Submarine

Submarine

Directed by: Richard Ayoade
94 minutes

East Coast Premiere


Oliver Tate’s Synopsis:

I have been waiting too long for the film of my life. My name is Oliver Tate. This film will capture my particular idiosyncrasies—for example, the way I seduce my classmate Jordana Bevan using only my mind. Also, since my parents’ marriage is being threatened by a man who runs courses on Mental and Physical Wellbeing, the film will probably feature some elaborate set-pieces of me taking him down. There will be helicopter shots. There will be slow-mo, but also transcendent moments, like when I cure my father’s depression. Knowing me as I do, I will be surprised if this film runs to less than three hours. Note to the press: appropriate adjectives to describe this film include “breath-taking” and “irresistible,” as well the phrase: “a monumental achievement.”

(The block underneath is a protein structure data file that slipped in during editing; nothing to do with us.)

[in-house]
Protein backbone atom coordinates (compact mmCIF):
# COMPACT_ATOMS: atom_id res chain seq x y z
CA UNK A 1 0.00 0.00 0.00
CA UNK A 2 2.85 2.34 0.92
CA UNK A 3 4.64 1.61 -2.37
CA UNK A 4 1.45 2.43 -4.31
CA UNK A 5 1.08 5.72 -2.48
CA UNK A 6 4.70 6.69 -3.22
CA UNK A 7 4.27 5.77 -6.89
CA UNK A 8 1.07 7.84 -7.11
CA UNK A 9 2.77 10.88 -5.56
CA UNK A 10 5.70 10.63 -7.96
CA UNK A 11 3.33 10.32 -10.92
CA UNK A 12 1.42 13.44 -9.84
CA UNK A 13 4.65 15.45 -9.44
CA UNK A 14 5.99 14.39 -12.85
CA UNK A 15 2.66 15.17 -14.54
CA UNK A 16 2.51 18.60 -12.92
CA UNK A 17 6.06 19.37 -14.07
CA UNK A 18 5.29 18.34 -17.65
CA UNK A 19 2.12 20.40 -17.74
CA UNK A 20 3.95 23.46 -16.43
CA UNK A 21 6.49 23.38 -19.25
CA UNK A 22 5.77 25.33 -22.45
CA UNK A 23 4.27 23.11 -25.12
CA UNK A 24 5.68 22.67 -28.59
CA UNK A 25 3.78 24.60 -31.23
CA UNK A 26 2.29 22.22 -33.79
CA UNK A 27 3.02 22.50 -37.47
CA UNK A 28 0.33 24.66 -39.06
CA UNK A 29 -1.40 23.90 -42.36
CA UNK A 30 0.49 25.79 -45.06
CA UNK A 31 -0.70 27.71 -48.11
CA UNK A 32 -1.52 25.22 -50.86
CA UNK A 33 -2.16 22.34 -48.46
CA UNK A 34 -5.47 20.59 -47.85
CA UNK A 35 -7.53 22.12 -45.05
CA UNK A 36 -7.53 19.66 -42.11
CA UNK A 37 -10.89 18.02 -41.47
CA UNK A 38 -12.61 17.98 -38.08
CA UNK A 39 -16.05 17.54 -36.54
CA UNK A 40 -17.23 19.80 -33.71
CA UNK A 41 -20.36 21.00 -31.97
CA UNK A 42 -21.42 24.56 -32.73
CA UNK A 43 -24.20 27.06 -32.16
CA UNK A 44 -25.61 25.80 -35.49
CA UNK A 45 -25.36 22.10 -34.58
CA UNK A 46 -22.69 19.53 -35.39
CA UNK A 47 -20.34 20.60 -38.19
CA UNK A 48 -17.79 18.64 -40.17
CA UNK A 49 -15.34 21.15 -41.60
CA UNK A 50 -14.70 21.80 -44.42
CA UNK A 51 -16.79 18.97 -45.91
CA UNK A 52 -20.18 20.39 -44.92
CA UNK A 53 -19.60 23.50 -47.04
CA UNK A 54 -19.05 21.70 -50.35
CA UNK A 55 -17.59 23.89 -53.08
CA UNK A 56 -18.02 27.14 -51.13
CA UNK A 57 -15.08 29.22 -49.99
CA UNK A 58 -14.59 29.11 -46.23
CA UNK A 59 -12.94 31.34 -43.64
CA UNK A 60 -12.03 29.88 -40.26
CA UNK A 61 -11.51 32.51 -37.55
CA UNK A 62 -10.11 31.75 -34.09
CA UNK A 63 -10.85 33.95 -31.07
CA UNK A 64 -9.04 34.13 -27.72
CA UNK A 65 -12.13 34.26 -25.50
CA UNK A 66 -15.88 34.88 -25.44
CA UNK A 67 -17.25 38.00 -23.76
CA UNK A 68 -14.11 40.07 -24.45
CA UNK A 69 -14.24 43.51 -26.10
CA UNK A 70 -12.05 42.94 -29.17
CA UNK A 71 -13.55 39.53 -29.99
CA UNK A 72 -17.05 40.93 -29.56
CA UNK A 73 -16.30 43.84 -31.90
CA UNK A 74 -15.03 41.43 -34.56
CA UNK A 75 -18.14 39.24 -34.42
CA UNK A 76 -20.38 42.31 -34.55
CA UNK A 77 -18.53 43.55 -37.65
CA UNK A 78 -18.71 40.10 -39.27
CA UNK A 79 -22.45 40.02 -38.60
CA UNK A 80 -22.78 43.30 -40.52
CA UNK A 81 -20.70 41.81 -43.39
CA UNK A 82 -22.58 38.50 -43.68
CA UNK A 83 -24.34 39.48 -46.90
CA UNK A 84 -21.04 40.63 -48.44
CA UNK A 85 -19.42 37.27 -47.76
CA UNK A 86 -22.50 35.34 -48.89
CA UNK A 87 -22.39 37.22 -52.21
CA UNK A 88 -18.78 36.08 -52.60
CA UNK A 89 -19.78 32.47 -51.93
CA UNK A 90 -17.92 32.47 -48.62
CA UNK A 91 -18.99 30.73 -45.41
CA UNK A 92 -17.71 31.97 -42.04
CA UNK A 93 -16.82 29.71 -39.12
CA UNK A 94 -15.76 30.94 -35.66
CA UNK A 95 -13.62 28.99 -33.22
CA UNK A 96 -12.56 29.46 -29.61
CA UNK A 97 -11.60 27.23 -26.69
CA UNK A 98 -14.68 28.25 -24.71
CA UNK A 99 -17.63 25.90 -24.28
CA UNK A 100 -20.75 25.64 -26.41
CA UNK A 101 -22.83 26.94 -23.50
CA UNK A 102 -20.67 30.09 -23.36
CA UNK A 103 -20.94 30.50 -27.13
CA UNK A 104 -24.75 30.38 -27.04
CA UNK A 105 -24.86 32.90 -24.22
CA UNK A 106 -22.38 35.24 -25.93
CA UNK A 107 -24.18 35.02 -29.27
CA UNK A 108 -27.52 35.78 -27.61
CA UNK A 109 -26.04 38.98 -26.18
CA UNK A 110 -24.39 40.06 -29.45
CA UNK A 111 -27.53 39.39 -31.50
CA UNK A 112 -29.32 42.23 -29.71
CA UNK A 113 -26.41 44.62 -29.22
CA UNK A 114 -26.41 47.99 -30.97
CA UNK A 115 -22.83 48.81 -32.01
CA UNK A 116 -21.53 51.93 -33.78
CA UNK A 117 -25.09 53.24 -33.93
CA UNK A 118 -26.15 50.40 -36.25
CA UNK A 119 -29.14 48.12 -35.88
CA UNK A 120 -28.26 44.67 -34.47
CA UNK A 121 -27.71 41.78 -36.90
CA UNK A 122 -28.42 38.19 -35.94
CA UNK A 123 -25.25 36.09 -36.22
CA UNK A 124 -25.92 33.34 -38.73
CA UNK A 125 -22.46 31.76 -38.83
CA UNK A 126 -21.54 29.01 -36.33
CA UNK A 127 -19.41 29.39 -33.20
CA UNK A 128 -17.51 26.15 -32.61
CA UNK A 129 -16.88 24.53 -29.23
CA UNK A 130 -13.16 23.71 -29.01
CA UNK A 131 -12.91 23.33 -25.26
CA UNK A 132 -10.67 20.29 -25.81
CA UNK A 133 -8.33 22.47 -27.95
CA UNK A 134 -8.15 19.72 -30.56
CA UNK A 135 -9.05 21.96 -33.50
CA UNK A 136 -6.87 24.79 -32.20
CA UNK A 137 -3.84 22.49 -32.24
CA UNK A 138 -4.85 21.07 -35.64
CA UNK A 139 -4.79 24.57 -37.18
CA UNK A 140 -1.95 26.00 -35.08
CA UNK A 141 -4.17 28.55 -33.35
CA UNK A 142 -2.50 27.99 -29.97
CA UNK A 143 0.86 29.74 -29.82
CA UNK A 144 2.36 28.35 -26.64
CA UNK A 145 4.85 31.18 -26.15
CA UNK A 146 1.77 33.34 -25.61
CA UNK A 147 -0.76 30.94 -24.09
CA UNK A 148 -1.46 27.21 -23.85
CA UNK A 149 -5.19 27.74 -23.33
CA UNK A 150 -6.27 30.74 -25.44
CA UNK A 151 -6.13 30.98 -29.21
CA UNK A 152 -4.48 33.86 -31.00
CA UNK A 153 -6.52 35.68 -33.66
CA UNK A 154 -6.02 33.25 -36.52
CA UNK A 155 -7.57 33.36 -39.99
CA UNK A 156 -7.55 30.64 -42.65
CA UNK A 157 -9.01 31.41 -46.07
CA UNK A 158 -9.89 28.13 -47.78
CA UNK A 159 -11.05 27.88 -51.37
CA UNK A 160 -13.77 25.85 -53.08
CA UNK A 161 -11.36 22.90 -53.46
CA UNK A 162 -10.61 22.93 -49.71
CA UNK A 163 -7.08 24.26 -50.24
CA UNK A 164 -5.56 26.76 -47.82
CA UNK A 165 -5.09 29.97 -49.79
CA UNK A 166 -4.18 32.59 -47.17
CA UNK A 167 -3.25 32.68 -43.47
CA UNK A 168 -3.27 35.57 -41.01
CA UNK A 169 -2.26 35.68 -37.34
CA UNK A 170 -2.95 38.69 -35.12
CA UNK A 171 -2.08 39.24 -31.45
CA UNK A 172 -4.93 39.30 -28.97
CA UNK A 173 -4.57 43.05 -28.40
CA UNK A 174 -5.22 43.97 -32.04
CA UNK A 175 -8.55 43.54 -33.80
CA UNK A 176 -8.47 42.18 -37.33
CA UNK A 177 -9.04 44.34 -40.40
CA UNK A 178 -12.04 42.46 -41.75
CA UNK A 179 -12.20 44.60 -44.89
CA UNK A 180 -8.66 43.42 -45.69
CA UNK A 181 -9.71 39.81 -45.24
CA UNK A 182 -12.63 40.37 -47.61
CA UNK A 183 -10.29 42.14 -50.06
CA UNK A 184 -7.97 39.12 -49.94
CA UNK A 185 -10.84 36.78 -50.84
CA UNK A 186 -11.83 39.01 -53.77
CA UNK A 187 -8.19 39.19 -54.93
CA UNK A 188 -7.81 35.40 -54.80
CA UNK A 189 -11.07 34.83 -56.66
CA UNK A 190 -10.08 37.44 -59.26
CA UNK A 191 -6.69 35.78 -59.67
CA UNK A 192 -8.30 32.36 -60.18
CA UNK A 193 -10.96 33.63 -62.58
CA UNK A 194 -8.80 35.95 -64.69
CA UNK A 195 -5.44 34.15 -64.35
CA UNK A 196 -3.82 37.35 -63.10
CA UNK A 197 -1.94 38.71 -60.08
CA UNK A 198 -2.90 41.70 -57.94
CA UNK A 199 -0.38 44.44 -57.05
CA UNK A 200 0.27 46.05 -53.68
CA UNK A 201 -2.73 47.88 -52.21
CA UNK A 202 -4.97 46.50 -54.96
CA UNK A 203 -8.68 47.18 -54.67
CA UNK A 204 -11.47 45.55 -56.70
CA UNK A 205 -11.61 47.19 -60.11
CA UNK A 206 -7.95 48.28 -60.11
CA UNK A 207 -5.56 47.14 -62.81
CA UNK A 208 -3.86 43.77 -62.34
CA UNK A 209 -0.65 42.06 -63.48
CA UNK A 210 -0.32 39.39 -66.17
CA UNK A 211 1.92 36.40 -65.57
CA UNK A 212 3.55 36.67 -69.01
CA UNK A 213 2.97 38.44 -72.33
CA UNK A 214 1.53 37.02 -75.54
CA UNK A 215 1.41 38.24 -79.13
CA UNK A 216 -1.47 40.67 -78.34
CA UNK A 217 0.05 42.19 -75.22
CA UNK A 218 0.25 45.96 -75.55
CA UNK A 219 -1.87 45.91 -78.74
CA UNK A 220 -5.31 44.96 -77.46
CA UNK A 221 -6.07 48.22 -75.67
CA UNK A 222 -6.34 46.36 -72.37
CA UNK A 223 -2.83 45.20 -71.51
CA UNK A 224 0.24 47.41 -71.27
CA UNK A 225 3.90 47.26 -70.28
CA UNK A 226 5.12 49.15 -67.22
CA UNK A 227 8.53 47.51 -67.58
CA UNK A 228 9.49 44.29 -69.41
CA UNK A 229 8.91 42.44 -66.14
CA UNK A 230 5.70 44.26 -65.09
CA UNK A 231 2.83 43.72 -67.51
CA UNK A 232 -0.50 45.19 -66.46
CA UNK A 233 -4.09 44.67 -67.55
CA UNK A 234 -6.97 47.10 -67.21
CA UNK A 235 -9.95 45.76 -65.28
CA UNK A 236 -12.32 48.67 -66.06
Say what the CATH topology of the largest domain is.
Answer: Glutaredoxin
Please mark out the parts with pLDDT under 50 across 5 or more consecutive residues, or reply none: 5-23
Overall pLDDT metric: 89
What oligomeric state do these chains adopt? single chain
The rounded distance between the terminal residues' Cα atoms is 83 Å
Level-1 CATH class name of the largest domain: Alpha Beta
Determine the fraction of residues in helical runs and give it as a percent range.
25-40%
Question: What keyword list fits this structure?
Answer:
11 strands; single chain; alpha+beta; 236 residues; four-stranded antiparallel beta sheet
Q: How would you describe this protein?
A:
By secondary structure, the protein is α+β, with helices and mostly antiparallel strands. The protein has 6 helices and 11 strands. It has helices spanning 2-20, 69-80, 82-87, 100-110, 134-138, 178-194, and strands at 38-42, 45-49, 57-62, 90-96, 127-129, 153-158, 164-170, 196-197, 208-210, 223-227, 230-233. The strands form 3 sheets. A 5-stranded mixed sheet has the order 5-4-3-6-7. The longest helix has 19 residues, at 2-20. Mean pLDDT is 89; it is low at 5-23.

Oliver is right, of course, as he discovers that love can be just as complex for a middle-aged parent as it is for a 15-year-old schoolboy. His attempts to lose his virginity may seem more pragmatic than passionate, but with a soundtrack supplied by Alex Turner of Arctic Monkeys to set the mood, he might just achieve the kind of life that’s worth a film.

Director Richard Ayoade captures perfectly the persona of an adolescent boy who can be both sweet natured and mean spirited at the same time. And yet, for all of Oliver’s self-centeredness, we never quite stop rooting for him. Comparisons to Wes Anderson’s RUSHMORE are common, but Ayoade clearly takes inspiration from the early films of Goddard and Truffaut, as well—all of which combine to form a thrilling, breathless new look at love, both young and not so young.

—Brian Tamm